Commemorative book celebrates 125 years of UNT through unique, sometimes quirky, tales
DENTON, Texas (UNT) — A literal mammoth find, a touchdown boogie in a great football comedy and the near resignation of a jazz icon – these unique and sometimes quirky anecdotes make up the storied history of the institution now known as the University of North Texas and, along with more traditional tales, will be unveiled in a commemorative book celebrating UNT’s 125th anniversary.
“Independent, Original and Progressive: Celebrating 125 Years of UNT” follows the university’s history and the experiences of students, faculty and staff from its first classes, held in a space above a Denton hardware store on Sept. 16, 1890, to the present day.
To celebrate the launch of the book, the UNT Libraries will feature a live performance by Brave Combo, a two-time Grammy-winning band with UNT roots featured in the book, and a series of live readings and short lectures on UNT culture and history. The free reception will be from 6 – 8 p.m. April 12 (Tuesday) in the Forum of the Willis Library, located at 1506 W. Highland St. in Denton.
“UNT is a very special place, and to appreciate that you really have to know some of its history,” said Morgan Gieringer, head of the UNT Libraries’ Special Collections and editor of the book. “In 125 years, we have gone from a small teachers college to one of the largest research universities in the country, but the characteristics that define the university – determination, creativity and diversity – have grown stronger over time.”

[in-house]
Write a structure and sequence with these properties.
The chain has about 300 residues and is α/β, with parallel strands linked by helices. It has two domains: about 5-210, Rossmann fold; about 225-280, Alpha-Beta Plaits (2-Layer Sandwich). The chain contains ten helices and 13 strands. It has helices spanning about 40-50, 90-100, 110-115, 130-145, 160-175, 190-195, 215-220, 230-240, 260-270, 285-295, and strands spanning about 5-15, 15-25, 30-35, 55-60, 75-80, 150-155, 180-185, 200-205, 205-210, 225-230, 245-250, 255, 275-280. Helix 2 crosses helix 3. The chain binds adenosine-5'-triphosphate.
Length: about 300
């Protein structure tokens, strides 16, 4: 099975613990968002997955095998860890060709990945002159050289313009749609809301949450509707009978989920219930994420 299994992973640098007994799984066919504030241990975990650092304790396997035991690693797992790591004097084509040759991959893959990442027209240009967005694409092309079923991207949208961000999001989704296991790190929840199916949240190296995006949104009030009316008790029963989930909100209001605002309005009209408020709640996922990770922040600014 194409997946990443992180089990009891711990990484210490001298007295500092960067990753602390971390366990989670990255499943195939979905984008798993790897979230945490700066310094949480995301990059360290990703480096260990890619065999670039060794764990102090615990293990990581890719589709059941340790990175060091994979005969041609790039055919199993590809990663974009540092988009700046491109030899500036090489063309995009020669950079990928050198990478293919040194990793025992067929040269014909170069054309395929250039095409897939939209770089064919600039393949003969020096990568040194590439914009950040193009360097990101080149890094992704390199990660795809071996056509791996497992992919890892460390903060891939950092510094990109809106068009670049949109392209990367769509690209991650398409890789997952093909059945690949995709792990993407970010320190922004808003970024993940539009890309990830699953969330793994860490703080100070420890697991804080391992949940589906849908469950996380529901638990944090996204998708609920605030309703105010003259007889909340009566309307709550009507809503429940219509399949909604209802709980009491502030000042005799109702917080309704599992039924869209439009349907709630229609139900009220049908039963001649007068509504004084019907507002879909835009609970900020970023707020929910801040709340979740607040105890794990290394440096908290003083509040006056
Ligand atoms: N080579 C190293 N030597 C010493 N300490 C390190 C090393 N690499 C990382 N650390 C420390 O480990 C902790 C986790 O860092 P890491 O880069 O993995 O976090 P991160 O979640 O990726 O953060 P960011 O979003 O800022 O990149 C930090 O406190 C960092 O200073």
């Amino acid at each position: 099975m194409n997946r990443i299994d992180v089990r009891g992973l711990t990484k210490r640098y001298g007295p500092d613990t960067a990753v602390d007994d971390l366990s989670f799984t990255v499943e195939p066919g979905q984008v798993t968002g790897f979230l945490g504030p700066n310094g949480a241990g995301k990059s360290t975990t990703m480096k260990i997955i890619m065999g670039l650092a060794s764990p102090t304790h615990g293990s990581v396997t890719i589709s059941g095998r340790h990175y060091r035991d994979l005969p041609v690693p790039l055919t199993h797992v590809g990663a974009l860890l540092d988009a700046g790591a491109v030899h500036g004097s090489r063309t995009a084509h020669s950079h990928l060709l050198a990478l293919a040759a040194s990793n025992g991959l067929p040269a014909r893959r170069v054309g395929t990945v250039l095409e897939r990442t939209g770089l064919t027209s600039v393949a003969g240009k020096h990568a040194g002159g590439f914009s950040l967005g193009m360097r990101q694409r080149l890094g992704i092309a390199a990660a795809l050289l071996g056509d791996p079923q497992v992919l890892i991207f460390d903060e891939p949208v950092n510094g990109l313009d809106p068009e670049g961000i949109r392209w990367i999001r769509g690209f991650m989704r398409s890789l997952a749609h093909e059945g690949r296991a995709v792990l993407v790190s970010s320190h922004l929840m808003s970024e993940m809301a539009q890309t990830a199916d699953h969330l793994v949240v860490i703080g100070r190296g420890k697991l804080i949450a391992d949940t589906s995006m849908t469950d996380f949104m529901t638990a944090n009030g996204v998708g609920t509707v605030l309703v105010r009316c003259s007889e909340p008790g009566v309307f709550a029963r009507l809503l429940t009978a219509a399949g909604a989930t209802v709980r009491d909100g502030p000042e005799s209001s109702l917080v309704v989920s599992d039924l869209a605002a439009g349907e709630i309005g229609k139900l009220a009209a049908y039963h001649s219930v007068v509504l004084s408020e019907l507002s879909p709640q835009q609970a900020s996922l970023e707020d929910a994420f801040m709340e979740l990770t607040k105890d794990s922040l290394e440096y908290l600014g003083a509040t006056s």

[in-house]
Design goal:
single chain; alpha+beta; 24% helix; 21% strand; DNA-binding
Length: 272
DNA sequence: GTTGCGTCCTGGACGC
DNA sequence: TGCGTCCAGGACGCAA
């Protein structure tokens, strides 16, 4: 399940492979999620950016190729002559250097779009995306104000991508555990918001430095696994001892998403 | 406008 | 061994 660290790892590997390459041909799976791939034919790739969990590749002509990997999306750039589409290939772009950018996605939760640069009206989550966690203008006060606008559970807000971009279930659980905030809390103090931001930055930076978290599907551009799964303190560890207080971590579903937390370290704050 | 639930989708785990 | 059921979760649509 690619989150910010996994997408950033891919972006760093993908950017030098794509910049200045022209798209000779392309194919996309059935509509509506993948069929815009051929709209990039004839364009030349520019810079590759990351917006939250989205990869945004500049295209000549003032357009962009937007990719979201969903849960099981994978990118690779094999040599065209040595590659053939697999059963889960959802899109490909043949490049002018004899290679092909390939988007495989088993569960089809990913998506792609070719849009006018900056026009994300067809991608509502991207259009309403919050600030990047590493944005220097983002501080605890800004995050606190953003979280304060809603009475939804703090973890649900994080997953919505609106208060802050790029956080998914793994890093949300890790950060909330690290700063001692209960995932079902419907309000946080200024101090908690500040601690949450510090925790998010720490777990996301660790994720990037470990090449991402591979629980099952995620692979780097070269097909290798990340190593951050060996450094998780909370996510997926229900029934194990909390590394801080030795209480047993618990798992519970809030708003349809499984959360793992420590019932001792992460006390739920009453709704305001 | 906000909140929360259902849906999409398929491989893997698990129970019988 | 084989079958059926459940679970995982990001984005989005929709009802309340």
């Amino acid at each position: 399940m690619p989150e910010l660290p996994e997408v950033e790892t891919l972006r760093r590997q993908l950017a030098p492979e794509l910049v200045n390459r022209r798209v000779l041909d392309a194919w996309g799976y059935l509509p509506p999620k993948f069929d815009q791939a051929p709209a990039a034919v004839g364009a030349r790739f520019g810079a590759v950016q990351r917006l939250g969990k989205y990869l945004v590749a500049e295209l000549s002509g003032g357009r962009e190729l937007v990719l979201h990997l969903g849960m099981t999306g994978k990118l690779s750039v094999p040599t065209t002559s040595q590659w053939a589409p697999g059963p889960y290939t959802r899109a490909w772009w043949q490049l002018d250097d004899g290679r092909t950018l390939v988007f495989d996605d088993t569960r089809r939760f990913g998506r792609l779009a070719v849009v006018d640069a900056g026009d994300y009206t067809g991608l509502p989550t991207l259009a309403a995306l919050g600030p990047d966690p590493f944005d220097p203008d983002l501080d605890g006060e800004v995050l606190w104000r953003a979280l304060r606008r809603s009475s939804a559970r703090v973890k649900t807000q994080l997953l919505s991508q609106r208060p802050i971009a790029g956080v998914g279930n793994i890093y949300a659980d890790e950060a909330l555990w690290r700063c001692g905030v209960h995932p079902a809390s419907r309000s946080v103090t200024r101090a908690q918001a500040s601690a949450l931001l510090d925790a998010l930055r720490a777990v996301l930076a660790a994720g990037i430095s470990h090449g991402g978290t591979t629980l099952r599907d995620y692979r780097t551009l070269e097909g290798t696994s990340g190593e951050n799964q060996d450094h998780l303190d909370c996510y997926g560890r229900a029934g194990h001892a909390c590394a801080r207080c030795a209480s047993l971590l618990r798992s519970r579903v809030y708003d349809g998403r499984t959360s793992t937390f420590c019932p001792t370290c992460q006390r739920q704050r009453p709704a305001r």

The new publication includes expanded content from the 125th anniversary blog created by Special Collections, new stories exclusive to the book, and photography, newspaper clippings and other images from UNT’s University Archive.
Gieringer said her team was not focused on creating an “official” history of UNT. Instead they “wanted to share stories about people, places and events from UNT’s history, drawing on primary sources, such as photos and documents, to tell the stories.”
Among the narratives in the book:
- The Mean Green once shared UNT’s longtime football stadium, Fouts Field, with the fictional Texas State Armadillos in the 1991 football comedy “Necessary Roughness.” The star-studded cast included Scott Bakula, Sinbad and Jason Bateman, with famous athletes in cameo roles, UNT students as extras and the university as the backdrop for one of the greatest football comedies of all time.
- UNT’s early jazz ensembles – diplomatically referred to as “dance bands” – often captured the attention of critics who disliked the lifestyle associated with the music and its deviation from classical style. When the esteemed Leon Breeden took over direction of the One O’Clock Lab Band, hate mail and late-night phone calls nearly forced him to resign after just two weeks of employment. However, Breeden persevered through the resistance and led the bands to a series of successes, including two of their seven Grammy nominations.
- Bones protruding from the dirt led to the discovery of a mammoth near Denton in 1953 — an estimated 10-foot-tall, three-ton Parelephas columbi. Dozens of university students and faculty donated their time to help excavate the 10,000-year-old find, which was temporarily displayed on campus in a converted “cave room.”
The book will be available for purchase in mid-April. Potential readers can sign up to be notified when the book is available by providing an email address.